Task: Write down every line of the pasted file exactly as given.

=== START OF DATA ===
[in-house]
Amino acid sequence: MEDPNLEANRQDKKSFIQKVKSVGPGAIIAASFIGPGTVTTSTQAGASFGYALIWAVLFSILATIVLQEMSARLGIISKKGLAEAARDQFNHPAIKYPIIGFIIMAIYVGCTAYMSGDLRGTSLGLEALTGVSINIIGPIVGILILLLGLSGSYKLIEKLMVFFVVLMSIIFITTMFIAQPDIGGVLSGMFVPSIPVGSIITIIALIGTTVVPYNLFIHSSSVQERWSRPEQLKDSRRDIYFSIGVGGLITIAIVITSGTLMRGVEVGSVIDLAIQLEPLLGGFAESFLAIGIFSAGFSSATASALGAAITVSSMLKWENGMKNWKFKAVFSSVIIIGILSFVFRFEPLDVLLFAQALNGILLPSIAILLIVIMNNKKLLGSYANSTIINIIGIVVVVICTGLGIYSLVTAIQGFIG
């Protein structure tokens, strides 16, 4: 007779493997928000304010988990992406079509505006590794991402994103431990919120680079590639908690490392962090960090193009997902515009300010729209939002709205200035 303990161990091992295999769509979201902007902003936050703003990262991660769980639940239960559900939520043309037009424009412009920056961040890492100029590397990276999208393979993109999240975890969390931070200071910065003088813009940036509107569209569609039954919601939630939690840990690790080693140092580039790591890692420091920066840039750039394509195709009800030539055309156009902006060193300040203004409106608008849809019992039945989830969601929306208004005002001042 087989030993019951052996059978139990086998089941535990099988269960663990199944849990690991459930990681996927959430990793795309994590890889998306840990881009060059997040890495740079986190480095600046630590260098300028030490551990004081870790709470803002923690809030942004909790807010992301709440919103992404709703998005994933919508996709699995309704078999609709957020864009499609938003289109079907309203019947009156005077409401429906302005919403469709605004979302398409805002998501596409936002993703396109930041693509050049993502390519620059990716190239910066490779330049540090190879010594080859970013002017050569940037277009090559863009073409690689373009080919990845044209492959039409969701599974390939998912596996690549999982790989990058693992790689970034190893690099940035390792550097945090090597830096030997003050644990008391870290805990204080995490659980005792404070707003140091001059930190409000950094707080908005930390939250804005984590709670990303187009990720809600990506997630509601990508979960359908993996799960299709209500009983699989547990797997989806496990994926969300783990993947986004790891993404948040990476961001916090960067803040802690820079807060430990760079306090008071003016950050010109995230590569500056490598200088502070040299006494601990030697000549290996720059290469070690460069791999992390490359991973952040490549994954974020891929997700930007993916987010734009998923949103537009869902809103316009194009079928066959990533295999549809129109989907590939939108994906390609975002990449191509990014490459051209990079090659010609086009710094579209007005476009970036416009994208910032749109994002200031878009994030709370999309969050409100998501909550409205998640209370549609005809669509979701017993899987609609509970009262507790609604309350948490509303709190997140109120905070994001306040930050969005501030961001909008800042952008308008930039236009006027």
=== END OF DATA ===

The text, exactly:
[in-house]
Amino acid sequence: MEDPNLEANRQDKKSFIQKVKSVGPGAIIAASFIGPGTVTTSTQAGASFGYALIWAVLFSILATIVLQEMSARLGIISKKGLAEAARDQFNHPAIKYPIIGFIIMAIYVGCTAYMSGDLRGTSLGLEALTGVSINIIGPIVGILILLLGLSGSYKLIEKLMVFFVVLMSIIFITTMFIAQPDIGGVLSGMFVPSIPVGSIITIIALIGTTVVPYNLFIHSSSVQERWSRPEQLKDSRRDIYFSIGVGGLITIAIVITSGTLMRGVEVGSVIDLAIQLEPLLGGFAESFLAIGIFSAGFSSATASALGAAITVSSMLKWENGMKNWKFKAVFSSVIIIGILSFVFRFEPLDVLLFAQALNGILLPSIAILLIVIMNNKKLLGSYANSTIINIIGIVVVVICTGLGIYSLVTAIQGFIG
């Protein structure tokens, strides 16, 4: 007779493997928000304010988990992406079509505006590794991402994103431990919120680079590639908690490392962090960090193009997902515009300010729209939002709205200035 303990161990091992295999769509979201902007902003936050703003990262991660769980639940239960559900939520043309037009424009412009920056961040890492100029590397990276999208393979993109999240975890969390931070200071910065003088813009940036509107569209569609039954919601939630939690840990690790080693140092580039790591890692420091920066840039750039394509195709009800030539055309156009902006060193300040203004409106608008849809019992039945989830969601929306208004005002001042 087989030993019951052996059978139990086998089941535990099988269960663990199944849990690991459930990681996927959430990793795309994590890889998306840990881009060059997040890495740079986190480095600046630590260098300028030490551990004081870790709470803002923690809030942004909790807010992301709440919103992404709703998005994933919508996709699995309704078999609709957020864009499609938003289109079907309203019947009156005077409401429906302005919403469709605004979302398409805002998501596409936002993703396109930041693509050049993502390519620059990716190239910066490779330049540090190879010594080859970013002017050569940037277009090559863009073409690689373009080919990845044209492959039409969701599974390939998912596996690549999982790989990058693992790689970034190893690099940035390792550097945090090597830096030997003050644990008391870290805990204080995490659980005792404070707003140091001059930190409000950094707080908005930390939250804005984590709670990303187009990720809600990506997630509601990508979960359908993996799960299709209500009983699989547990797997989806496990994926969300783990993947986004790891993404948040990476961001916090960067803040802690820079807060430990760079306090008071003016950050010109995230590569500056490598200088502070040299006494601990030697000549290996720059290469070690460069791999992390490359991973952040490549994954974020891929997700930007993916987010734009998923949103537009869902809103316009194009079928066959990533295999549809129109989907590939939108994906390609975002990449191509990014490459051209990079090659010609086009710094579209007005476009970036416009994208910032749109994002200031878009994030709370999309969050409100998501909550409205998640209370549609005809669509979701017993899987609609509970009262507790609604309350948490509303709190997140109120905070994001306040930050969005501030961001909008800042952008308008930039236009006027």